Pachamamma in our midst

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Here is where I used to live before the road became noisy and polluted. The beautiful park still stands, conserved by neglect as are many small enclaves of wilderness interspersed between increasingly packed urban development . . . urban development is on the rage these days while infrastructure particularly drainage remains non-existent. (There was a huge fight in our village this morning about some household drainage issue – it continued for hours, sounded like they were going to kill each other, many voices too; from my perspective the villagers shouldn’t be responsible for such matters of civic concern: this is the government’s job, but that’s a foreign perspective.)

Infrastructure or not, hopefully the future here holds an exquisitely beautiful hill with skirts of wilderness surrounded by a town; a town with a wild hill in the middle. I am happy to notice that the present Forestry Department authorities persevere tenaciously in preserving the wilderness here in the centre because the human world is sweeter when traces of the wild side of Pachamamma cohabit with us.

Except mostly for properties somehow secured by rich people and encroachments likewise by poor people, with dribs and drabs of suburb on the town side, the hill-round roadway encloses the hill wilderness supposedly for posterity. Near to the enlightenment of ashram is parkland conserved by ecological consciousness and several respectable compounds bought and planted long ago by devotees that lend to the green of this side of town. But in between the increasingly packed-in, built-up, multi-coloured motley of dwellings particularly on this side of town, Pachamamma’s wild side peaks through. Look:

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The Spectator has been here for many, many years.
The Spectator has been here for many, many years.
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I’ve been hoping forty years that these two sweet graves would not be overtaken by progress; this entire area was a graveyard previously. After The body of Ramana’s mother was buried on the hill side of the road opposite here, Ramana lingered so long in the graveyard that eventually devotees built the first ashram dwellings nearby, which became Sri Ramanasramam.
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This mother has to carry water in big pots from the communal Sentax water tank on the roadside; she stores a convenient quantity in the big blue drum from where it is accessed for kitchen and bathroom; laundry tasks are carried our here where used water feeds botanical cohabitants.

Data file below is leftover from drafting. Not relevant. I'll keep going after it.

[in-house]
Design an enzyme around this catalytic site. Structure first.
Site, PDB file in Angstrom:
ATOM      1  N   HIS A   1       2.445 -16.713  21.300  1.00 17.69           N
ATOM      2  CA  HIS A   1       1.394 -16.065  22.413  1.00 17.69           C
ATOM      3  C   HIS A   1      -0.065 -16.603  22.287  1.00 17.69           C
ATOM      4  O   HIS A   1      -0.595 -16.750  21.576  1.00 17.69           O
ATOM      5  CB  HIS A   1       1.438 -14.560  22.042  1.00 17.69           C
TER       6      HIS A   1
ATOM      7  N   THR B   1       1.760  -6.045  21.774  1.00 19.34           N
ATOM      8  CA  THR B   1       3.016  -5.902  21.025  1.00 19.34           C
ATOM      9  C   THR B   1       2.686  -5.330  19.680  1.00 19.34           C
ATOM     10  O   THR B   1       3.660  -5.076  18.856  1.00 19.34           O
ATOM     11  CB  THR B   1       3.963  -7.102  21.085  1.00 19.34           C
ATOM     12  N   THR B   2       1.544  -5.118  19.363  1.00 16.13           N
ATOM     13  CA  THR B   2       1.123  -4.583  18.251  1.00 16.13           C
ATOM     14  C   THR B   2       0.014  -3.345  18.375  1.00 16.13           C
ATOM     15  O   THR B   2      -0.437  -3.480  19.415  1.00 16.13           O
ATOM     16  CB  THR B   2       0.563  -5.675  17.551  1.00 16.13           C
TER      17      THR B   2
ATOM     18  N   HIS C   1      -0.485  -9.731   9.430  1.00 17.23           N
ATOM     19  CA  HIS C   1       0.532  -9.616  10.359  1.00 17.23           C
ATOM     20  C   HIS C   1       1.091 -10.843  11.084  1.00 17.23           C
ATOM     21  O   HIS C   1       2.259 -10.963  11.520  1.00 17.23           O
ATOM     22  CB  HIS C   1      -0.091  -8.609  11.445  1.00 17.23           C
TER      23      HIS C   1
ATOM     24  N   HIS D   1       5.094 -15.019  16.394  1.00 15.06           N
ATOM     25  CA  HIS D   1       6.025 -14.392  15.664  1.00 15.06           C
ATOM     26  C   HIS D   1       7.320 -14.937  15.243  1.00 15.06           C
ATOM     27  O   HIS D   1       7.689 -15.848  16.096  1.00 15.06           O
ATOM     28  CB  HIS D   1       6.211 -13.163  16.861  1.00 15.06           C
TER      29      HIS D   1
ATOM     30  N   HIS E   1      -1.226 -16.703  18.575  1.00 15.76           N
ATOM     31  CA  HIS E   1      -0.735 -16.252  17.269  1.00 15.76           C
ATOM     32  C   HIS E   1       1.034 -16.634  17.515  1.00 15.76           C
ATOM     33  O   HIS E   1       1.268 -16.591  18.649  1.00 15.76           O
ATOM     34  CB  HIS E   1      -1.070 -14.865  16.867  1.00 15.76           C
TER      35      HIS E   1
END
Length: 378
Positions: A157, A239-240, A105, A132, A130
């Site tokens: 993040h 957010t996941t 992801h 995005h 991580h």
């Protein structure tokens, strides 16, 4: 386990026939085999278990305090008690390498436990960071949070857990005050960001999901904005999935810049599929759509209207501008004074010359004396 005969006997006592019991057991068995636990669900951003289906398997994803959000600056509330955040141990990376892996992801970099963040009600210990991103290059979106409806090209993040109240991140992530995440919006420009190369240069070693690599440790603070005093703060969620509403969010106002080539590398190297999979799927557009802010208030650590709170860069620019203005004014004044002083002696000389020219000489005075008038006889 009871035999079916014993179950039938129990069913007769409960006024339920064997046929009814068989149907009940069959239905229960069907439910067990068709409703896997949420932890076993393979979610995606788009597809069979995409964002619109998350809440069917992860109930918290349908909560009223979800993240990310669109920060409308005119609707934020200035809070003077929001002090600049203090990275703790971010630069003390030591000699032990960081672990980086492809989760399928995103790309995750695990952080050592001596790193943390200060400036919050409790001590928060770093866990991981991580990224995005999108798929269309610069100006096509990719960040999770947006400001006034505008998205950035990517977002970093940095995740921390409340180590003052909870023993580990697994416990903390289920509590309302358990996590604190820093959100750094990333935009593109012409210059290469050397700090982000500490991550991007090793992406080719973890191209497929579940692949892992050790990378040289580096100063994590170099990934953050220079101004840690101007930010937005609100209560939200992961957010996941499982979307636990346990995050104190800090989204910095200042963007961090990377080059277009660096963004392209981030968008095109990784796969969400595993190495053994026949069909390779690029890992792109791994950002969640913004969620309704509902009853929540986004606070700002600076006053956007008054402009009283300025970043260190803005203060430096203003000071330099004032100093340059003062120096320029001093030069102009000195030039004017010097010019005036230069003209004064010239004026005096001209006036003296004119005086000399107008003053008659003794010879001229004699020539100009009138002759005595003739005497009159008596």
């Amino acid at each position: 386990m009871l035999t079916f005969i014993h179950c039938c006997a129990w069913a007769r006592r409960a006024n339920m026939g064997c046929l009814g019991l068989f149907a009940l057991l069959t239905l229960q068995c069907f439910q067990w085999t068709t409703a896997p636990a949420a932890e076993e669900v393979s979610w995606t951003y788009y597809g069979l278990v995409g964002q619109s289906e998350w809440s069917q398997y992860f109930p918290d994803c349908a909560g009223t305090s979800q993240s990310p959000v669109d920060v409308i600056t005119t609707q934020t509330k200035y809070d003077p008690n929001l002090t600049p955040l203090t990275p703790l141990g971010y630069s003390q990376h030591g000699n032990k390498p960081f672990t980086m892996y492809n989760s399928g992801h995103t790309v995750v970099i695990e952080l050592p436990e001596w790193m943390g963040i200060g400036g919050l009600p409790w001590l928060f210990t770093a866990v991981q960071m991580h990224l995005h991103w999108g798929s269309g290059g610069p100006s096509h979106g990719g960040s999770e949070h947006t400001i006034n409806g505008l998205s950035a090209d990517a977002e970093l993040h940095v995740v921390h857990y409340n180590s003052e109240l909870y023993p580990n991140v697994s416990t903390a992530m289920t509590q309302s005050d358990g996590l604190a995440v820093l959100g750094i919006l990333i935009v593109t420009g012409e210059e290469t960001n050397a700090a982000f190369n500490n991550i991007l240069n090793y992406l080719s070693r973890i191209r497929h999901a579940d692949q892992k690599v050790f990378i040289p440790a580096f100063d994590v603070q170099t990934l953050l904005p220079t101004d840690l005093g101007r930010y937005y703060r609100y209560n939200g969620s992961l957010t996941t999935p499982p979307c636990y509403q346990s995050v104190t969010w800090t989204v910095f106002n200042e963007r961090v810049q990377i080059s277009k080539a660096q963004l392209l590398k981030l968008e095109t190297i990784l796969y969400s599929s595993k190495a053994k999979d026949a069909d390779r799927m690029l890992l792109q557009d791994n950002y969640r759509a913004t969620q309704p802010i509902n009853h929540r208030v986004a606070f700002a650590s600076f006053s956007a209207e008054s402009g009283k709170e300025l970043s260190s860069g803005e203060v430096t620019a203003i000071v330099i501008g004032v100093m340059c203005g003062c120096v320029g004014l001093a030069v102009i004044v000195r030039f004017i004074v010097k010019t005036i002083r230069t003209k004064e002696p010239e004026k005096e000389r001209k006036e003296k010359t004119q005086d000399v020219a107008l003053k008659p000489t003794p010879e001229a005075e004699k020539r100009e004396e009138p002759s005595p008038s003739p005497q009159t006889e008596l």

This mother has walked a few hundred metres from her home to enjoy doing her washing on the hillside in this ancient tank.
This mother has walked a few hundred metres from her home to enjoy doing her washing on the hillside in this ancient tank.
The British reported that Indian women tried to break rocks with shirts.
The British reported that Indian women tried to break rocks with shirts.
The houses in this street back on to an old water tank now in disuse because the Inflow channels fed by hill streams are now cut off by development.
The houses in this street back on to an old water tank now in disuse because the Inflow channels fed by hill streams are now cut off by development.

You see in place of the wall-to-wall concrete with not a turd in sight –  which is the heart and soul and safety of the middle-class ideal of Developmentji, here in underdeveloped poverty with untamed Pachamamma poking her nose over your boundary fence you are bathed in the generosity of the interplay of light and shadow and the priceless luxury of night-birds singing nearby in early hours, the little lizards doing push-ups, monkeys meditating in the noon heat and yes: here too are the scorpions and even you might be honoured by the presence of a King Cobra who will warn you respectfully in advance so don’t muck with this. It all depends on how you see it, naturally, but if open and alive and awake to this marvellous world you might be filled with nourishing gratitude for the many noble advantages of infrastructure’s absence, indeed you may.

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So although – depending on aesthetic sensitivities – lack of civil infrastructure may not be a great disadvantage, nevertheless the riverlet roads of a robust monsoon, the infamous Power-Cuts and the long lines of women waiting with pots for the municipal water supply in heavy summers does contrast negatively with wall-to-wall-concrete and uninterrupted power and water supplies of the Developed world like where I come from, certainly. The major contributor to the nightmare aspects of KaliYuga is Imbalance: in the context of this particular issue what is relevant is the economic inequalities of nations.